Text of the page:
Borders and the Mapping of the Malay World

Trocki, Carl A. (2000) Borders and the Mapping of the Malay World. In Association of Asian Studies Annual Meeting, 9-12th March, 2000, San Diego, California. (Unpublished)

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The Anglo-Dutch Treaty of 24 March 1824 was signed partly to legitimize British control of Singapore, and also to settle outstanding issues between the British and Dutch following the Napoleonic Wars. It effectively divided the Malay world down the Straits of Melaka. It gave the Dutch Sumatra and the islands to the south of the Straits of Singapore, while the British received the Malay Peninsula and Singapore Island. This paper examines the history of this border and the development of a new consciousness about borders, mapping and territoriality among Southeast Asian peoples in the Malay world between 1800 and the early 20th century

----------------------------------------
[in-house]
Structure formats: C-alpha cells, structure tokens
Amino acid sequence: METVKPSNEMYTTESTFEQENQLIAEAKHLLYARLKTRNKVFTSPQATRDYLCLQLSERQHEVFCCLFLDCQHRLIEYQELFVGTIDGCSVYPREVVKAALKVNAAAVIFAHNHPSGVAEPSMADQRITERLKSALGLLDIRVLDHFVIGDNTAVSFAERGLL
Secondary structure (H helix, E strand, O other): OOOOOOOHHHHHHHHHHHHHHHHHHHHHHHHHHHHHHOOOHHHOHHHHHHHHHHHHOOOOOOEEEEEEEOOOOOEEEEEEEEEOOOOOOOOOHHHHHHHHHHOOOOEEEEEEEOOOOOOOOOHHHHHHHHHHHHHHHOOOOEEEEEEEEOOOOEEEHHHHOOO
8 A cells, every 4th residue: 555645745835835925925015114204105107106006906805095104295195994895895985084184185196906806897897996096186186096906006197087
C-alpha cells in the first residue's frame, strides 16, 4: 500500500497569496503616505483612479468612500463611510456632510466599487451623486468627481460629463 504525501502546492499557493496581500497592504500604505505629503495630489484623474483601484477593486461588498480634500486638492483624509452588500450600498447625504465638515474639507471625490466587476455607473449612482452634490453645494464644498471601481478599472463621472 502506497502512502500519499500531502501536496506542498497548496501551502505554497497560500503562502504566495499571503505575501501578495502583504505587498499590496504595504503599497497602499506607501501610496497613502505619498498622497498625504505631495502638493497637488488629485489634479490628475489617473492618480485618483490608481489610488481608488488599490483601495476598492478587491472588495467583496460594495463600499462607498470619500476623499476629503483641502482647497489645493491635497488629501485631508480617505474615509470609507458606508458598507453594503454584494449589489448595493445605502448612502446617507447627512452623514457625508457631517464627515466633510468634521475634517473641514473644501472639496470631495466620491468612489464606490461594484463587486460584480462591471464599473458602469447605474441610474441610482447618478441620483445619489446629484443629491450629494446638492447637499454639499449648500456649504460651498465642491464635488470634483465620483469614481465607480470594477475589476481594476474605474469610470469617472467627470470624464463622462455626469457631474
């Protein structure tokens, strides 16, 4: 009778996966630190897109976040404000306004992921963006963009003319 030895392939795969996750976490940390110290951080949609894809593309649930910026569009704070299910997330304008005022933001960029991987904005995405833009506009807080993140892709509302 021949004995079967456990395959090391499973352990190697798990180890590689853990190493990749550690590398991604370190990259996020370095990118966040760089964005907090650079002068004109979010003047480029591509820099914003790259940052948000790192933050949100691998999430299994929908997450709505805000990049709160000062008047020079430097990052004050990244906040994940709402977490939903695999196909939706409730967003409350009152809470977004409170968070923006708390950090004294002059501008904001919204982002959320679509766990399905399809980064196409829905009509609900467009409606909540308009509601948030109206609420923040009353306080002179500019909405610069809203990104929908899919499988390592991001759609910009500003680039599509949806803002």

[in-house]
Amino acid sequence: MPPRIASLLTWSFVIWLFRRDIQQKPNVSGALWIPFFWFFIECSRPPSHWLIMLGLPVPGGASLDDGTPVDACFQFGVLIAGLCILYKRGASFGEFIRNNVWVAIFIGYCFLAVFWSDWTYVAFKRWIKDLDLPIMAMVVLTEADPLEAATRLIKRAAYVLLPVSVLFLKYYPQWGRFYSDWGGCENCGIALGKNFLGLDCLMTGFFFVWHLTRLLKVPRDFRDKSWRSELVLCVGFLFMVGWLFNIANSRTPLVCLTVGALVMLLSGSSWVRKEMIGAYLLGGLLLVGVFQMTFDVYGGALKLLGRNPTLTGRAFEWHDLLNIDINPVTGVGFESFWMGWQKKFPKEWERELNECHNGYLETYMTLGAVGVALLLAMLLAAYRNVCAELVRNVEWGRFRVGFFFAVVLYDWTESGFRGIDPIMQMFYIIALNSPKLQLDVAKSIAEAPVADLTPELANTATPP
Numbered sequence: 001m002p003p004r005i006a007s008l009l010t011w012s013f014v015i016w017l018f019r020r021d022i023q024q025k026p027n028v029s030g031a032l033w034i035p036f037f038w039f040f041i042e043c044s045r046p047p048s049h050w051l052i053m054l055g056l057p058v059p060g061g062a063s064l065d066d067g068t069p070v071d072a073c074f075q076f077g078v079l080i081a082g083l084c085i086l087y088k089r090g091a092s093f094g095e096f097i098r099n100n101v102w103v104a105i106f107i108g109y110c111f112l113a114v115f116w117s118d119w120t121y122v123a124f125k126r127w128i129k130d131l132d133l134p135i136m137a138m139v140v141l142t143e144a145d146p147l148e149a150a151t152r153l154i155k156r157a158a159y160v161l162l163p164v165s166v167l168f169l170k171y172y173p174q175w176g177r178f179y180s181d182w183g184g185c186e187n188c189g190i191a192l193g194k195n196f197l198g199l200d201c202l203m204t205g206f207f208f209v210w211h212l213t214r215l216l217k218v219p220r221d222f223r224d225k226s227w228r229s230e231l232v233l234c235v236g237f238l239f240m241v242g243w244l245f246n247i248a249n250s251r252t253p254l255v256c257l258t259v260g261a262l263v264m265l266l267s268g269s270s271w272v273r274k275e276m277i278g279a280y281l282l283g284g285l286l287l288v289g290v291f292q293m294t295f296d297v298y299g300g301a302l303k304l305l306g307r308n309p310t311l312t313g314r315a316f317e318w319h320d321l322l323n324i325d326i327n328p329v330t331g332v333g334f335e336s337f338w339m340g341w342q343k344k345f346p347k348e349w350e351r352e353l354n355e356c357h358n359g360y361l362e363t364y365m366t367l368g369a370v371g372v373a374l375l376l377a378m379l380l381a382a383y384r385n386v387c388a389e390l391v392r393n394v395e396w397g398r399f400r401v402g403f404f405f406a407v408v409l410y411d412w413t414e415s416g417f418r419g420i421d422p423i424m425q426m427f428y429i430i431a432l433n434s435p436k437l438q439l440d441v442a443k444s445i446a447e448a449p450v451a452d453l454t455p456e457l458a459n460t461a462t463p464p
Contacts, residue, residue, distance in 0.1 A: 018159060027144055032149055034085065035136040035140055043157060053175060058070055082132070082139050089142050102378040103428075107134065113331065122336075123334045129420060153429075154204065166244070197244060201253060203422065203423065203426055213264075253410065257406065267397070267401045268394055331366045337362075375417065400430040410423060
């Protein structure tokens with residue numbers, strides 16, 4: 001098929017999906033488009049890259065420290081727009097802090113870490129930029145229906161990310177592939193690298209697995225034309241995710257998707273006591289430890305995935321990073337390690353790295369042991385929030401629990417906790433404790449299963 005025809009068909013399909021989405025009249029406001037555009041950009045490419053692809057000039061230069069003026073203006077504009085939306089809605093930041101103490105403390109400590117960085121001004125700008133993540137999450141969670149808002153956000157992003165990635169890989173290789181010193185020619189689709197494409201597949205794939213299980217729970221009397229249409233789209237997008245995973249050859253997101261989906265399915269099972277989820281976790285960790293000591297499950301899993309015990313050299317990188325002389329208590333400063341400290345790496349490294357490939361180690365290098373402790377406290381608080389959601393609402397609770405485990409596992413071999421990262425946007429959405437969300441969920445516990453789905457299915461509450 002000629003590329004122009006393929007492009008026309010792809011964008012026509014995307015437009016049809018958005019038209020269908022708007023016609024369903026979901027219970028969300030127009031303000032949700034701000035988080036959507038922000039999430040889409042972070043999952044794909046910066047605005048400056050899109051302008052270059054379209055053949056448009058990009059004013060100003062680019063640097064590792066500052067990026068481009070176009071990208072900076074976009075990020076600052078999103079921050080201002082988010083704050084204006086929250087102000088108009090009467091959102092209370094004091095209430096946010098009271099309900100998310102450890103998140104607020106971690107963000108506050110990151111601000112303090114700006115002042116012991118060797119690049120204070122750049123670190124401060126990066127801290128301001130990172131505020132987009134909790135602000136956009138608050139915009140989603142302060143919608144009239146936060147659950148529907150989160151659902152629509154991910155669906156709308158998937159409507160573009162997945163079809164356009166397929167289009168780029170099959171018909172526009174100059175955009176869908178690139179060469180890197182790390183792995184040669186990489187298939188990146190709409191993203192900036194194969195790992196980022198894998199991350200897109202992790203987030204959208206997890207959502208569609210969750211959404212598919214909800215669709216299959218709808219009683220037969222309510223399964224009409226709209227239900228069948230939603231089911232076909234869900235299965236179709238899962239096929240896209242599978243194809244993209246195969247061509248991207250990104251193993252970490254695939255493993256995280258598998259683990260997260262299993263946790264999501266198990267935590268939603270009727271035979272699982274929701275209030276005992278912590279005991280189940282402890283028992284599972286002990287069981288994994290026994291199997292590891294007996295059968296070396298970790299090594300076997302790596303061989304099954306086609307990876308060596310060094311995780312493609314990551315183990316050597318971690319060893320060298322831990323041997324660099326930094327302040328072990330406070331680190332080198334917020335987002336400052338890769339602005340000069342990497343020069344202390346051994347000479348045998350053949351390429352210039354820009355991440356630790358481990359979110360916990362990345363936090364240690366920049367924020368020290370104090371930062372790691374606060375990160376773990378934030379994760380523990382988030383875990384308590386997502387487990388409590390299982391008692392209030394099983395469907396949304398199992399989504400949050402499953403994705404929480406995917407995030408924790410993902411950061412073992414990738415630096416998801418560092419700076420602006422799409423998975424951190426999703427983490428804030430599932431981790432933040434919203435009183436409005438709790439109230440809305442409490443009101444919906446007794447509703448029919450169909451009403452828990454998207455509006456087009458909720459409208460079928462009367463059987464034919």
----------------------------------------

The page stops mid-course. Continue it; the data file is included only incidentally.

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ID Code: 92
Item Type: Conference Paper
Refereed: No
Keywords: Asian history, Malaysia, Singapore, Sabah, Sarawak, Philippines, Indonesia, Borneo, Colonial Borders, Mapping, Smuggling, Mohamed Ibrahim bin Abdullah
Subjects: Australian and New Zealand Standard Research Classification > HISTORY AND ARCHAEOLOGY (210000) > HISTORICAL STUDIES (210300) > Asian History (210302)
Divisions: Current > Research Centres > Centre for Social Change Research
Past > QUT Faculties & Divisions > QUT Carseldine - Humanities & Human Services
Copyright Owner: Copyright 2000 (please consult author)
Deposited On: 10 Jun 2004 00:00
Last Modified: 09 Jun 2010 12:21

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